C1 shorts 100MHz. The reactance is about 1.6 ohms. At audio frequencies, say 1 kHz, its reactance is 100000 times higher and the effect accordingly smaller.
ADD due the comment:
At audio frequencies (below 20 kHz) C1 causes a little attenuation, but the effect is so small that the audio signal well makes the operating point of the transistor to swing. Thus the internal capacitance of the transistor changes and causes FM.
Between 20kHz and 100MHz the effect of C1 increases gradually as frequency increases. But there's nothing happening between the audio band and the transmitting frequency in this circuit. At the transmitting frequency C1 has so low reactance (about 1,6 ohms at 100MHz) that you can think the base being grounded and that's needed to make the oscillator to work.
It's very common in electronics that the same circuit work totally differently in different frequencies at the same time. Mostly this is caused by frequency dependent reactances. The effect can be wanted as just in this case. Unfortunately many parts also have limited usable frequency range due unwanted reactances.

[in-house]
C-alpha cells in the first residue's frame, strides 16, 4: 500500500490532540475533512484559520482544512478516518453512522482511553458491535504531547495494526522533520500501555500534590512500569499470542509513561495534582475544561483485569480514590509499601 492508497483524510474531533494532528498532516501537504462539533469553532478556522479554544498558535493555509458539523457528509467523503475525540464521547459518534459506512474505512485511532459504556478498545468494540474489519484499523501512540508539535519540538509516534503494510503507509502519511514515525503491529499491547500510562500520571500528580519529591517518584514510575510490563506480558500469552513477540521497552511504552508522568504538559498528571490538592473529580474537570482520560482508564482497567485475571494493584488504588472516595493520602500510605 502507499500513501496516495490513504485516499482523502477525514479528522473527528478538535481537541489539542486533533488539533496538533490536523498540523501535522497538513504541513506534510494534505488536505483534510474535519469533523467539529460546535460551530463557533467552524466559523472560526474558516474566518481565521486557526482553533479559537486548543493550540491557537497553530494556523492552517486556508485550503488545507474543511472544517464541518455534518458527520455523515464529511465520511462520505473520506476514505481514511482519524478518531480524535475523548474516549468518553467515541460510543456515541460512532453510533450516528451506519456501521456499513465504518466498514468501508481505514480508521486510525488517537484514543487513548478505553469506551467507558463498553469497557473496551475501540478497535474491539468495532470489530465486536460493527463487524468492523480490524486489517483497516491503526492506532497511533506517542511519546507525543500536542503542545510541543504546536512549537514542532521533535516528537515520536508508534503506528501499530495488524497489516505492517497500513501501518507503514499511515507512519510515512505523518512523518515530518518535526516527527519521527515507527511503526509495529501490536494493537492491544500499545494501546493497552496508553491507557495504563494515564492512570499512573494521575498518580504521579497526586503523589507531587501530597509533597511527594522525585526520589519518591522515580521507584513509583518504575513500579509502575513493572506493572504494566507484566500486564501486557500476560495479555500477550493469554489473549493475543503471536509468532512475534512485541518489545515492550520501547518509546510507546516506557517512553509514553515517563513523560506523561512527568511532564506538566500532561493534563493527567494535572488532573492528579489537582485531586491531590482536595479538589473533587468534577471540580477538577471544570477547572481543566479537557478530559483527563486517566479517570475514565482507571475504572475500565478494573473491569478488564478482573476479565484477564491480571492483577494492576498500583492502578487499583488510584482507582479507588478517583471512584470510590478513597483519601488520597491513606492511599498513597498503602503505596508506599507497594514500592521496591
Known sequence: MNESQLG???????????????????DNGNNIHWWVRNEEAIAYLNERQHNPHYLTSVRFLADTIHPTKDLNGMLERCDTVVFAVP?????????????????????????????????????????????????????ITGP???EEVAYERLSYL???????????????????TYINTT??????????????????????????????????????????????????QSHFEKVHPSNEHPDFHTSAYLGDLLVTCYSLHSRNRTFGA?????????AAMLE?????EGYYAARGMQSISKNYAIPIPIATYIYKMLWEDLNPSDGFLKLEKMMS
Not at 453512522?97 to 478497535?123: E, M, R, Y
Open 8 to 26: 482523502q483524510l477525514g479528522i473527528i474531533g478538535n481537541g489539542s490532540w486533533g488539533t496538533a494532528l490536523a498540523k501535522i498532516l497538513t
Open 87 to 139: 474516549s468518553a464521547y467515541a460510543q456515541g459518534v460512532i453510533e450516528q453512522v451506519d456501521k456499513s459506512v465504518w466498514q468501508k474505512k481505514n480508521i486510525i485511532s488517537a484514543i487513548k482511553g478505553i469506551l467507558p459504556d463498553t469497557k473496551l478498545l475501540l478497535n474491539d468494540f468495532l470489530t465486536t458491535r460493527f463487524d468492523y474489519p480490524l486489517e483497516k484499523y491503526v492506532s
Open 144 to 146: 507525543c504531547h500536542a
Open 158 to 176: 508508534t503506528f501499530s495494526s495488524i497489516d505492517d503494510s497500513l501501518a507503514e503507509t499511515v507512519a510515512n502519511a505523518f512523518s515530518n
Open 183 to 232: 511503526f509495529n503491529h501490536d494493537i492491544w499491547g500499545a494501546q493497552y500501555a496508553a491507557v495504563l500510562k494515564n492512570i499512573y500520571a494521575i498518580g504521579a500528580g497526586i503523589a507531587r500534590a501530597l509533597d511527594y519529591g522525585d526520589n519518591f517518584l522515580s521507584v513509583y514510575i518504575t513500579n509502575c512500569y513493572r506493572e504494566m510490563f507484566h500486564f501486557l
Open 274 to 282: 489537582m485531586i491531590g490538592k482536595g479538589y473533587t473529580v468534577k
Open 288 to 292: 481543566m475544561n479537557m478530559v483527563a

ADD2: DC source is a short circuit in the equivalent AC circuit. You must have separate equivalent AC circuits for 100MHz and audio due their big difference. In Audio AC circuit the 100MHz tank circuit coil is a short circuit and those few pF capacitors are open (=left out). In 100MHz AC circuit few pF capacitors and L1 are essential, the 1nF capacitor is a short circuit.
BTW. Your common base amplifie principle diagram belongs to the trashcan. Its taken from 1940's. BJT's of today work a little differently than early transistors. Unfortunately the tradition to use the same teaching image still continues. You can see the same in many explanations of radio waves. The sign of shit there is a pendulum, resonant circuit and gradually opening gap of the capacitor. Shit = nice story, unfortunately not physics.